- PEGs and PGGs: petrol derivates, might be contaminated with ethylene oxide (another carcinogen agent) and 1,4-dioxane.
- DEA, MEA, TEA, MIPA: synthetic, nitrosamines contamination concerns.
- EDTA (e.g. tetrasodium EDTA): works as a chelating agent (it forms “soluble, complex molecules with certain metal ions, inactivating the ions so that they cannot normally react with other elements or ions to produce precipitates or scale.” Wikipedia). It isn’t biodegradable and one of the biggest concerns when considering metal contamination of water and fish poisoning.
- Carbomer: symthetic and derived from petrol.
- DMDM hydantoin, imidazolidinyl urea, diazolidinyl urea, formaldehyde, methylchloroisothiaolinone, methyllisothiazolinone, sodium hydroxymethylglycinate, chlorexidine: possible contamination with Formaldehyde, a carcinogenic impurity that may also be toxic and cause allergies.
- Triclosan: contamination concerns with chloroform (possible human carcinogen) and dioxins, causes irritation of skin, eyes and lungs, might be bioaccumulative and infants can be exposed to it through breast feeding. (http://www.ncbi.nlm.nih.gov/pubmed/22000243)
- Nonoxynol, poloxamer: synthetic, might cause allergies.
- C followed by an odd number, iso-trimonium, -dimonium: I haven’t found much about these, but they should be toxic for fish and non-biodegradable.
If you want to learn more about the contaminants, ingredients and also specific products Skin Deep is an excellent place to start;here are links to the major contaminants I talk about:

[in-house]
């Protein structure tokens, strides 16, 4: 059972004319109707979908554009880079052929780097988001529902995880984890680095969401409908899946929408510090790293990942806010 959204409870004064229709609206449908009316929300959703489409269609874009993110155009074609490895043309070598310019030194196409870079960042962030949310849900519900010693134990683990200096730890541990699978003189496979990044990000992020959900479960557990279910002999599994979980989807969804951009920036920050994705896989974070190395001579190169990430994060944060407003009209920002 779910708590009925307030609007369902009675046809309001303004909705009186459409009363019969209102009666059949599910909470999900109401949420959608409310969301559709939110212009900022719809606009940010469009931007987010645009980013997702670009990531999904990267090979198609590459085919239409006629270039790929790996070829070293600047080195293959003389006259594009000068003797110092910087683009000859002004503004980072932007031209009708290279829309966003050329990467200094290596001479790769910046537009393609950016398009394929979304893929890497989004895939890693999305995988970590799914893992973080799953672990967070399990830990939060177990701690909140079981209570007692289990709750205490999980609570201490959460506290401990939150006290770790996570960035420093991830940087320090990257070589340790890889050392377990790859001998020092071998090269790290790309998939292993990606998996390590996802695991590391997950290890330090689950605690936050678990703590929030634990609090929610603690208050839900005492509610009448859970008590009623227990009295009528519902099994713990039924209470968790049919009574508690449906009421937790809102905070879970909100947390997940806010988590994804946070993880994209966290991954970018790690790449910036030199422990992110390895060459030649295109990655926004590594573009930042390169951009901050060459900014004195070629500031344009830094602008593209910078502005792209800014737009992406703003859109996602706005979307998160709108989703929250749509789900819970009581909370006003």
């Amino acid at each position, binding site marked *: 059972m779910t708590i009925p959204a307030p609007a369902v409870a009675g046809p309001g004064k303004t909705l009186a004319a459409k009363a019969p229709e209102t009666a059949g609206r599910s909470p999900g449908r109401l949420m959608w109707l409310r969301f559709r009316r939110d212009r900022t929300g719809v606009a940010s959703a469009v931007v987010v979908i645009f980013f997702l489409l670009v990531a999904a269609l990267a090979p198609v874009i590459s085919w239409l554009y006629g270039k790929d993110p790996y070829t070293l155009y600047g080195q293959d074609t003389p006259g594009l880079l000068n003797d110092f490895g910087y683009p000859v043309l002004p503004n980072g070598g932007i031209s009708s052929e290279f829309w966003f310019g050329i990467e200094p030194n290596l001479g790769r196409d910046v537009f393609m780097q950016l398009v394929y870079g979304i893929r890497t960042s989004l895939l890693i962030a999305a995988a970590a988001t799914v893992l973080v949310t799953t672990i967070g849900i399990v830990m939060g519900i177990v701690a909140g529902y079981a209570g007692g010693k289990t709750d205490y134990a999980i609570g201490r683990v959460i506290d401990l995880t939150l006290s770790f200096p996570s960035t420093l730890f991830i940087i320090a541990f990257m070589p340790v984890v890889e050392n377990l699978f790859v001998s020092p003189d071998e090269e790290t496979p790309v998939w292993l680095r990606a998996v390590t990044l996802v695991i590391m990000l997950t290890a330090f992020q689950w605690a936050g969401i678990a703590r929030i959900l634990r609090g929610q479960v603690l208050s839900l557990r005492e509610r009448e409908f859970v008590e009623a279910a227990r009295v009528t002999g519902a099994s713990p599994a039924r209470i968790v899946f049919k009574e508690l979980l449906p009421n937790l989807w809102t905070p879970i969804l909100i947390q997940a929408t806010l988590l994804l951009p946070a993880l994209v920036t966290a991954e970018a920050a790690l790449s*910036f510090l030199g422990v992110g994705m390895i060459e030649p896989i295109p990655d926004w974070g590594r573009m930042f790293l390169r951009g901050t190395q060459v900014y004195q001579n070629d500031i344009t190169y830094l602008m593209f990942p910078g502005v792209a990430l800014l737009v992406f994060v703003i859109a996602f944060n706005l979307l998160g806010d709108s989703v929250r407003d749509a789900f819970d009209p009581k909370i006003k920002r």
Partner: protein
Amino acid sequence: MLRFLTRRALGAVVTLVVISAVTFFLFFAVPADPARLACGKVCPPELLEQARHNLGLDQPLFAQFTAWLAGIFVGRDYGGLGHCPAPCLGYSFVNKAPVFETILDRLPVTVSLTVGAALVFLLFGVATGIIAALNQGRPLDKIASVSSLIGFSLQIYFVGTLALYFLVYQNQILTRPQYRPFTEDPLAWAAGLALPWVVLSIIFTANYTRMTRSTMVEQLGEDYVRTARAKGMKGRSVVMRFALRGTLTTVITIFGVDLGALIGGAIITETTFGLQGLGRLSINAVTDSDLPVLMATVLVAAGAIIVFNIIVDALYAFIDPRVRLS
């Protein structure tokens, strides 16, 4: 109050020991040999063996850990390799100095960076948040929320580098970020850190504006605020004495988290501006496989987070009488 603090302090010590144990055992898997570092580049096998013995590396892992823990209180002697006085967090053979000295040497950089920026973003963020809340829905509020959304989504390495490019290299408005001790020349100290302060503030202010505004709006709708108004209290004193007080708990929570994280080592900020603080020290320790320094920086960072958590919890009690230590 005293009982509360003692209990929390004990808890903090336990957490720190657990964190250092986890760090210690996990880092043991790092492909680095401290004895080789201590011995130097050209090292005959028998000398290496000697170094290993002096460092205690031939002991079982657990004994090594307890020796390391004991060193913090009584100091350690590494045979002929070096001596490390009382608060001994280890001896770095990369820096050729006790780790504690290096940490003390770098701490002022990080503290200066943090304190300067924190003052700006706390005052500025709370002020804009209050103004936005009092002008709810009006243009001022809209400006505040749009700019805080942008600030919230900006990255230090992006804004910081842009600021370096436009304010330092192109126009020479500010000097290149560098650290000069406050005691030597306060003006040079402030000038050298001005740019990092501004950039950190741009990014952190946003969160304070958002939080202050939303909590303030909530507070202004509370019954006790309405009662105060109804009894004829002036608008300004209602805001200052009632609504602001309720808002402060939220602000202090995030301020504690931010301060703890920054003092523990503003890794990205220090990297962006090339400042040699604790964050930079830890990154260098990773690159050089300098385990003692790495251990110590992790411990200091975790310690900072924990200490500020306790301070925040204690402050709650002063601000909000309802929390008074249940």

Another great site is Il Biodizionario, it’s an Italian site but it’s pretty easy to use even if you don’t speak italian: you can either analyze the whole INCI (ingredient list) or a single ingredient at a time. Every ingredient get’s a result: 2 greens is good, 1 green is ok, a yellow is so-so, 1 red is not good and 2 reds is bad. It’s similar to SkinDeep except it doesn’t consider only human health, so you may find some ingredients get different results.
I know most ingredients don’t have strong research behind them, or some of the ones I listed aren’t considered bad for us in the USA, but are in Europe. I’m not considering just human health: the main reason why I switched to all natural products was for the environment, I think the planet is polluted enough without me helping.
I hope you found this interesting and I look forward to hearing your opinion on this! Next time, I can show how to make some beauty product at home, if you’d like 😉